However, Newlyn will remember Chris as a fisherman or more accurately as a trawlerman, especially when he skippered his own boat, Le Petite Raleur (aptly translated as, The Little Rascal). Local surfers at the time like John Adams, Wog Wilson, Mike Cattran, Harvey Hall, Kevin Hanley and many others, some of whom, like Joe Crow, also fished - a heady mix of surfers, fishermen and many more frequented Newlyn's most notorious pub, the Swordfish - helping, in part, to develop its reputation as the pub for the hardest working and hardest partying punters in the west.

Today, in an age driven by due regard for Health & Safety and a myriad of legislative devices, fishing is not the unfettered bastion of the free spirited adventurer that it used to be - it is still one of the most rewarding and demanding of ways to make a living but not without the unfettered freedom that pervaded when Le Petite Raleur and her motley crew passed through the gaps - the world has moved on.

Chris died back in November last year with a passing touch of irony on Guy Fawkes day aged 77. Tomorrow, there is a memorial service at 1pm in Paul Church followed by a chance to toast the life of someone who was truly instrumental in giving the far west of Cornwall its own unique blend of creative, hard but fun-loving, work culture.  The Coastguard in Mousehole will play host to an after service session from 2.30pm.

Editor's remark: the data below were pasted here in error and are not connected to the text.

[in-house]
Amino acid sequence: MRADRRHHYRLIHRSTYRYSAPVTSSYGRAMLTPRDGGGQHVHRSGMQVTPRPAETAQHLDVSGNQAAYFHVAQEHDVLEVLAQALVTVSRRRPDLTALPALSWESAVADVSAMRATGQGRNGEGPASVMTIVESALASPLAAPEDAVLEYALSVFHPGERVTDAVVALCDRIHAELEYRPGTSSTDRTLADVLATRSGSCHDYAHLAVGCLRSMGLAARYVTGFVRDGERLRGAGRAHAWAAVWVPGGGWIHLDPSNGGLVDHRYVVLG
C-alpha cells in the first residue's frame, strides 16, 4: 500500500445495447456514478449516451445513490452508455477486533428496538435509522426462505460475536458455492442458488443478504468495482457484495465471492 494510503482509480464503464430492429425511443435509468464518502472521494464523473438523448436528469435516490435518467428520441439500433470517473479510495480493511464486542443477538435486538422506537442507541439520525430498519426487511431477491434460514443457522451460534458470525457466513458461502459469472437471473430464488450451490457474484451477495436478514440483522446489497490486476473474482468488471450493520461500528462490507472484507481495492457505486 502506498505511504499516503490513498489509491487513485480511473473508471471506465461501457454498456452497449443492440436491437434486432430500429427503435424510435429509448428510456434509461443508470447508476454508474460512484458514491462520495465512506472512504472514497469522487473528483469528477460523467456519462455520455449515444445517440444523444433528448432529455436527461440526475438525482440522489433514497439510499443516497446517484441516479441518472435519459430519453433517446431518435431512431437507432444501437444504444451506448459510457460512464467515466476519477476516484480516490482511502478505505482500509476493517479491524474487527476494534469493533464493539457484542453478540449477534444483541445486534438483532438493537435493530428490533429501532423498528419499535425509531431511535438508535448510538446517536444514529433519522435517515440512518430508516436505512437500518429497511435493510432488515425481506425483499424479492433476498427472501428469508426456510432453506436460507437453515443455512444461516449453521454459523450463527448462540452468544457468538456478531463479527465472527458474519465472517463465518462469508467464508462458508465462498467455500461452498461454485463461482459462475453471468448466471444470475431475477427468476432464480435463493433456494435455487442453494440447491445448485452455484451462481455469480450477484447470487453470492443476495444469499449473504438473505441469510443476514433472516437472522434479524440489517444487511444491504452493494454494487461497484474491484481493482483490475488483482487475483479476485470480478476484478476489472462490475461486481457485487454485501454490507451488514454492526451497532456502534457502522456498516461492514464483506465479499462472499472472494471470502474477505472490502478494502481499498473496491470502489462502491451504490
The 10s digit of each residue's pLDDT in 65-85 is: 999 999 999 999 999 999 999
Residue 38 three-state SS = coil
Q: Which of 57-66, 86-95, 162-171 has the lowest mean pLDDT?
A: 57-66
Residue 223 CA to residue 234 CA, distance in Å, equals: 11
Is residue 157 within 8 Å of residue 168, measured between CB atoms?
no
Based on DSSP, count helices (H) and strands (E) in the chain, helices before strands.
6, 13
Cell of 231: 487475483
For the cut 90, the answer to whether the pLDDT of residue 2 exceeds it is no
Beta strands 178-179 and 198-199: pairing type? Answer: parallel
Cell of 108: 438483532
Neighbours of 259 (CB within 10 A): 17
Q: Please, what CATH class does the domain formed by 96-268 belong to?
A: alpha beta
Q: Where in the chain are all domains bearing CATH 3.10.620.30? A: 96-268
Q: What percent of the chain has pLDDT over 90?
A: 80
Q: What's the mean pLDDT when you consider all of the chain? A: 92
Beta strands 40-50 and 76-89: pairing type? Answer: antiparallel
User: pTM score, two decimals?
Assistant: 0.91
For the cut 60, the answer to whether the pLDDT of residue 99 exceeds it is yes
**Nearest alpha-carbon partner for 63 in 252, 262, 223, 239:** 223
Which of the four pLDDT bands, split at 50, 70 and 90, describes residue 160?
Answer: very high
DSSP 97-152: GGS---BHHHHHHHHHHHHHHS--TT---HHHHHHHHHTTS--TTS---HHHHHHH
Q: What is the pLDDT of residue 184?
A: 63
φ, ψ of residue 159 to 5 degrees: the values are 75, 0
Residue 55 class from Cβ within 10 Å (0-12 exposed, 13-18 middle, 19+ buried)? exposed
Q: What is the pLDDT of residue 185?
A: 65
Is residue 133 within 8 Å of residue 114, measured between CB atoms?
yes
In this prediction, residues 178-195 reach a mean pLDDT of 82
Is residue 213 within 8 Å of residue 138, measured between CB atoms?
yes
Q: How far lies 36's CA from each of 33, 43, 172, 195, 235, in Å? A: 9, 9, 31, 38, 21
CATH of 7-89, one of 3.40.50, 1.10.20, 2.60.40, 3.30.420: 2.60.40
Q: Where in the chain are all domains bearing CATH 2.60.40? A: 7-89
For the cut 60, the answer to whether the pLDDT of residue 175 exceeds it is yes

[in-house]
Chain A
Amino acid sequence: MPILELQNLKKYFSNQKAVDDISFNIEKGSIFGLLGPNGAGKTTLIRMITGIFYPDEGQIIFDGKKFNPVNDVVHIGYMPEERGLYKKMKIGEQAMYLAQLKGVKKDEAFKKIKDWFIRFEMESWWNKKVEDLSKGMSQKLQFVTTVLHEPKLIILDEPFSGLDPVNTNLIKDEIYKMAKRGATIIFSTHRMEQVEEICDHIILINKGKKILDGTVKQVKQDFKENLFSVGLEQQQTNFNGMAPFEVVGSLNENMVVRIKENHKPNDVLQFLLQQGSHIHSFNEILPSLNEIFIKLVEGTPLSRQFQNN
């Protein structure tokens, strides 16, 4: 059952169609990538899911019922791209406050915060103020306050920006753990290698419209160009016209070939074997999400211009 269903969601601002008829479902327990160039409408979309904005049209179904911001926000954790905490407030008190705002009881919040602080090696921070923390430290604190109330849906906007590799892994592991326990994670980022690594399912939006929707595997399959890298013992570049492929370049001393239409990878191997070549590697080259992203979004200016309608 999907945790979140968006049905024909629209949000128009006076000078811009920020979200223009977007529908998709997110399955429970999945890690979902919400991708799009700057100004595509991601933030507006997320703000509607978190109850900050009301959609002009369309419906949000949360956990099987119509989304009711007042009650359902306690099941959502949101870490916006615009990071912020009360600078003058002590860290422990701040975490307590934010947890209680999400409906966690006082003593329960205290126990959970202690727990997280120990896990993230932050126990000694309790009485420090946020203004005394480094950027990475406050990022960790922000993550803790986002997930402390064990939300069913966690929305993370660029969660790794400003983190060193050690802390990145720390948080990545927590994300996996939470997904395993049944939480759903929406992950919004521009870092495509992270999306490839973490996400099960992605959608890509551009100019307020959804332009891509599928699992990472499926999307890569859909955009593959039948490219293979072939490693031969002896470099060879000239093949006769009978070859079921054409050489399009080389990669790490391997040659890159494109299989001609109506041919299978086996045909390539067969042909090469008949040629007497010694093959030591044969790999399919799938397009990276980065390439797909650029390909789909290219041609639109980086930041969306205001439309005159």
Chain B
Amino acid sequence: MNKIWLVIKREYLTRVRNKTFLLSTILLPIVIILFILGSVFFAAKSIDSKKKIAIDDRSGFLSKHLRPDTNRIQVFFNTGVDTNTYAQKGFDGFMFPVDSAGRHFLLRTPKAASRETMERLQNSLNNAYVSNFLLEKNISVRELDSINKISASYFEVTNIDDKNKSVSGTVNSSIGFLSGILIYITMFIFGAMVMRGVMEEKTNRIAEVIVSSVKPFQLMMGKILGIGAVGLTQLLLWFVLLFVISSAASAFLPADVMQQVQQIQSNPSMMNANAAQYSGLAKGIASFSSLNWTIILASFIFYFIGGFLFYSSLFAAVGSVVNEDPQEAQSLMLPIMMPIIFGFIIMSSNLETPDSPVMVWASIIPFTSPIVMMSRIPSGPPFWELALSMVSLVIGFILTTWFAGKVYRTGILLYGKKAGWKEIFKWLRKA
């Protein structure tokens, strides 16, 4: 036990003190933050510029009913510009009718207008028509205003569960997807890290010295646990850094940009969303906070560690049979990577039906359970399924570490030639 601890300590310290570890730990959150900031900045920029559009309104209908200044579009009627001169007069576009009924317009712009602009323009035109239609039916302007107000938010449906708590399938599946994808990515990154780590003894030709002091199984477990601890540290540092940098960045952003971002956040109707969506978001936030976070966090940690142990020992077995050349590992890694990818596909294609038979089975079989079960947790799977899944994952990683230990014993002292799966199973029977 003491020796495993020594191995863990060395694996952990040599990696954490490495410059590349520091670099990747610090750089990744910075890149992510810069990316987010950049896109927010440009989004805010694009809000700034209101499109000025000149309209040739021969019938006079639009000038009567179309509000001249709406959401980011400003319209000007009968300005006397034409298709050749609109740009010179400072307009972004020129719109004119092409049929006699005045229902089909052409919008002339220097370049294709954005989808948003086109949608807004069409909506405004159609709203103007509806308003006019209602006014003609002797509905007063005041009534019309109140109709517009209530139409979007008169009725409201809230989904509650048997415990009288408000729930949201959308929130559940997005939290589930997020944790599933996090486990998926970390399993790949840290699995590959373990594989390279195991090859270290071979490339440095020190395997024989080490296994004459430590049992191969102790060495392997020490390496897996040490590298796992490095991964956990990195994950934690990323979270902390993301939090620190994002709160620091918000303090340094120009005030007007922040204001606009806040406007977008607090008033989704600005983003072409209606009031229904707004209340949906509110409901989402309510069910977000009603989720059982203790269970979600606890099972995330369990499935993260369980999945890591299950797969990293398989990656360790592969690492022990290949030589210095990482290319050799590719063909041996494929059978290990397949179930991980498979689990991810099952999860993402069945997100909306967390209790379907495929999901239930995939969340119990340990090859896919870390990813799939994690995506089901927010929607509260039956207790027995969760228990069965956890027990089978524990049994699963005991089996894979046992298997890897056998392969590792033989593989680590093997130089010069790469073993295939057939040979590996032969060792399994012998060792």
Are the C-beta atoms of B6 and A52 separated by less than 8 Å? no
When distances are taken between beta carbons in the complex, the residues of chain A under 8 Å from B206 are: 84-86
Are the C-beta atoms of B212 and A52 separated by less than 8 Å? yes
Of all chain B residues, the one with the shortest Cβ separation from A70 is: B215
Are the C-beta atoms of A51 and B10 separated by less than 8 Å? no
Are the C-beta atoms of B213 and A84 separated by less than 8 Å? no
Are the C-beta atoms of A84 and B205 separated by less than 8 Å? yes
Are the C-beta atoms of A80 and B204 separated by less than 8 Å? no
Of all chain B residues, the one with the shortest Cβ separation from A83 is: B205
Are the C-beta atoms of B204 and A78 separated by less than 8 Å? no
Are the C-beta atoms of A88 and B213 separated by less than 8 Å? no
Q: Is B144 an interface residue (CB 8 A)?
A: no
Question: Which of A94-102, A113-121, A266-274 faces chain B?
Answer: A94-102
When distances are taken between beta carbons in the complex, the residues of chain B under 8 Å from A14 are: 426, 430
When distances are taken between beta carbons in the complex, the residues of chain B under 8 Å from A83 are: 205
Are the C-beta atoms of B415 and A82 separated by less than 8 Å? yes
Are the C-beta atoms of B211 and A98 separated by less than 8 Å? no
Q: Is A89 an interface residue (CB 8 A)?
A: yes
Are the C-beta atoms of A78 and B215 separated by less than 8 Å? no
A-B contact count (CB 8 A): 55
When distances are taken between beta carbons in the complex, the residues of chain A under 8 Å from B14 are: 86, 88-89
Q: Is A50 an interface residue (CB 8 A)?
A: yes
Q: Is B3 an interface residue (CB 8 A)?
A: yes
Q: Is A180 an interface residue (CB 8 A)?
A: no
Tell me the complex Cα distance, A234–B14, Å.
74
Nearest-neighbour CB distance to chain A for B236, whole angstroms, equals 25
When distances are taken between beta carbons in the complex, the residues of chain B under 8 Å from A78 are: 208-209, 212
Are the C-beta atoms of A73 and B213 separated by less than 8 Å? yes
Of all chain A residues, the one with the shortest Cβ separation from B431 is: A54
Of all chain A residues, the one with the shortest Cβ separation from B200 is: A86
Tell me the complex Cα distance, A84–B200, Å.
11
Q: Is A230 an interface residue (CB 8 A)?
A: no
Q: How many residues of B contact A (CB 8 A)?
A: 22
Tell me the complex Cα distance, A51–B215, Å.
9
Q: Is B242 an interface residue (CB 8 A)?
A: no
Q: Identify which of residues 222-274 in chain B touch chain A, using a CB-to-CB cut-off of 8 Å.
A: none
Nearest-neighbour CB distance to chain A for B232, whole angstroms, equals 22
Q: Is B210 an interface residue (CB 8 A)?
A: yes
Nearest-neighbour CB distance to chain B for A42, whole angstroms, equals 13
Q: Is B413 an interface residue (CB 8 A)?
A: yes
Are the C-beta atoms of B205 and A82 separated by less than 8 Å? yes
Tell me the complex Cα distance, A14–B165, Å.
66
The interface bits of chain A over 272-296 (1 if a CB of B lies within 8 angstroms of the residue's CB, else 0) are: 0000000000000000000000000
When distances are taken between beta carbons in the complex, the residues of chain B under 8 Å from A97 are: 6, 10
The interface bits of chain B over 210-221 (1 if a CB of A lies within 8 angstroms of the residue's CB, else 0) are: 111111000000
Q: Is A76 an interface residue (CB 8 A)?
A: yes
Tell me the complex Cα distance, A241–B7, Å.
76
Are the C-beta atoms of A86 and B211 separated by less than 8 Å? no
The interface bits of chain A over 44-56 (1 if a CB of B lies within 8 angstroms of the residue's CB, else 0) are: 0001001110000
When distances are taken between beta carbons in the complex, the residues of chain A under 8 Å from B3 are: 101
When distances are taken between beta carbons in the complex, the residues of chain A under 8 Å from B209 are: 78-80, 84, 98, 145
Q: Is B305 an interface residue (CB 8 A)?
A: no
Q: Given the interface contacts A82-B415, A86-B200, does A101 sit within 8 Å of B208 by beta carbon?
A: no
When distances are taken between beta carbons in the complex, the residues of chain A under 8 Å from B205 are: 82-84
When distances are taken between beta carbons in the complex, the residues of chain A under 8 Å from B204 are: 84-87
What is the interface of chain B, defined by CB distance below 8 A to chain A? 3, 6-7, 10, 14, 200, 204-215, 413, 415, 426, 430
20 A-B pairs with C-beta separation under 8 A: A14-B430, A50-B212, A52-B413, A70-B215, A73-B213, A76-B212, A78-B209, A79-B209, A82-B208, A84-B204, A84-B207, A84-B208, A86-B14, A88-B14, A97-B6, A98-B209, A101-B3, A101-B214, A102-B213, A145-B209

Fishermen living in a police state - makes the Stazi and Big Brother look benign!




Brackan's Spirited Ladyy in Newlyn.

Here's an example of what has happened to the fishing industry and how closely monitored its operations have become - now, almost the entire fleet are policed remotely using a VMS (vessel Monitoring System) that tracks their every move. 

Fishermen have to pay for the privilege of being watched 24/7 and maintain the equipment directly from what comes out  out of the cod-end - which they are happy to do - but, if for any reason the system fails, they are immediately contacted by the MMO who insist that they report their position manually every 4 hours and return to port immediately to fix the problem - when they will be detained until they have done so!...



This is exactly what happened to the Spirited Lady III yesterday - 


"That's the boat tied up and not aloud to go to return to sea until our VMS is working properly. At the cost of owner, skipper and crew. Hopefully electrical engineer down in the morning to repair unit and we only lose 24 hours fishing. How many other boats have had this problem? And how much time lost?"😡😡😡😡



After posting on social media the skipper was inundated with responses of even more draconian treatment to other skippers in similar positions:

"Up in court for it next month over 18mth ago to. Boats 11.98m but there's is the only rule in the whole of shipping vms is overall so they got us. Total farce the whole lot there more concerned if we are fishing in one of there closed boxes rather than our position if we were lost says it all."

"We were the very same,our VMS stopped working and the only way we were allowed to return back ta sea was when the VMS engineer said he had no parts to repair and we needed a new unit"
"We had ta email every 4 hrs or lat en long